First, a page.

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Comments, questions and tips

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23rd Aug, 2013
This was lovely...well worth the effort and looked exactly as the picture. Family very impressed, will definitely make again. Slight problem crisping the skin but a few minutes under the grill at the last minute finished it off perfectly. Served with wholegrain mustard mash and buttered greens with apple sauce on the side.
28th Apr, 2013
I made this for my husband at his request; he had the same meal at a restaurant and loved it. Everything turned out beautifully, and I agree with all who say that this is a fantastic way to prepare pork belly. It was tender and delicious. I prepared the full meal as suggested, with mustard cabbage and apple mash. The flavours worked beautifully together. I can see this becoming a regular treat meal for us.
22nd Feb, 2013
This is fantastic! the pork was meltingly tender and full of flavour. In fact mine looked exactly as the photo and everyone was raving about it. I have to make it again!! I served it with boiled potatoes and GoodFood warm roasted cauliflower salad - again a smash hit with our guests. 5* for sure
24th Jan, 2013
ChefDom - thanks for that advice. I'm cooking it twice over the next few weeks so hopefully it'll work out!
24th Nov, 2012
going to try this, Can someone tell me how much stock it is please
14th Jun, 2012
I did this a couple of weeks ago for 4 very hungry boys who are really into their food. I was nervous about it but it worked out so well, it was the best pork belly I have ever done and they were seriously impressed. I also served it with potato mash and added a couple of drops of truffle oil to it - the earthy flavour works really well with the pork and the mustard cabbage! This is definitely my go to pork belly recipe from now on!
27th Jul, 2011
Hey nic, This is often a problem for many and i dont feel the process if often explain properly in recipes. My advice is to place the belly pork into a cold pan and bring up to a very light sizzle. You are tring to render the fat from the pork, the fat will start to break down from as low as 60 deg C so go slow and gentle and ignore the 4min time scale. The browning process will naturally occure even at lower tempatures as sugars within the pork fat start to caramelize. If you feel the fat is still soft and it is colouring too quickly drop the temp down or allternatively start in a pan and finish in a hot oven. When i cook belly pork it is cooked sous vide at 62 deg C for 24hrs then pressed and pan roast to finish. Hope that helps a little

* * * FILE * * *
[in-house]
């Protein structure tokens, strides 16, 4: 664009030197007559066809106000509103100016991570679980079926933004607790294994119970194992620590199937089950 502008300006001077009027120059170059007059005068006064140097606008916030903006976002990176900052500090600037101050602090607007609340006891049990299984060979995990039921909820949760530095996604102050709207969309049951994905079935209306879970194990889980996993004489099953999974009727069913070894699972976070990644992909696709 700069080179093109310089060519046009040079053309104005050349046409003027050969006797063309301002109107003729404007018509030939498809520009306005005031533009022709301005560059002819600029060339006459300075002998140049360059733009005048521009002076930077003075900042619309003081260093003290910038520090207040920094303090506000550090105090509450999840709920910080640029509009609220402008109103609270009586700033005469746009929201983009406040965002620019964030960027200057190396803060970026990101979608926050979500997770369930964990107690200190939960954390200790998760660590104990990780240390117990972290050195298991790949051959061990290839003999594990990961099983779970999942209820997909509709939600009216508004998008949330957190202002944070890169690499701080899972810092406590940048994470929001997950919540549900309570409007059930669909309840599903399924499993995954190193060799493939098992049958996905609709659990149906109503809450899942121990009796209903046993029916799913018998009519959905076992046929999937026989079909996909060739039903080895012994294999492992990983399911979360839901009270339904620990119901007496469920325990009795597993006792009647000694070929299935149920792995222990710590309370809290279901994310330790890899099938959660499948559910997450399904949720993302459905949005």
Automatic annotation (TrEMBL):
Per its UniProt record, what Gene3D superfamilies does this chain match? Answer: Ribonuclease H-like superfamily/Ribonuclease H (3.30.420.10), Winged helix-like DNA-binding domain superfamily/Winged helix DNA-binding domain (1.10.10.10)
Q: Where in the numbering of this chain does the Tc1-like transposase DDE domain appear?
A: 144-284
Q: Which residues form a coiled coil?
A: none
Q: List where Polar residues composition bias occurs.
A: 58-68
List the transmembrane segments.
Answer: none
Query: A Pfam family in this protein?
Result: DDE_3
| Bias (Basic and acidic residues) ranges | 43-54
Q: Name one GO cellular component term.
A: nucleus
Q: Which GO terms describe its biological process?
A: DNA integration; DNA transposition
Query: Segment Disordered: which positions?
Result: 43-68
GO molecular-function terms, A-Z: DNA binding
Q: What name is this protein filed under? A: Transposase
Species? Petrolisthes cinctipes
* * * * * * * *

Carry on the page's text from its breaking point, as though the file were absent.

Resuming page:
18th May, 2011
Forgot to rate....
18th May, 2011
Made this Monday night - the pork was amazing and so tender it you only needed a fork to 'cut' it! However the problem i had was with the 'crisp' crackling! It seemed to just burn rather than crisp up which was really annoying as this is my favourite part usually! I never have problems with crackling on roasts and followed the recipe exactly (oil wasnt too hot) yet along with getting hot fat spat all over me i ended up with black hard crackling...any tips please??
4th Apr, 2011
No, I've now done it three times and have used scored pork twice - it doesn't make any difference that I've noticed apart from making it easier to cut!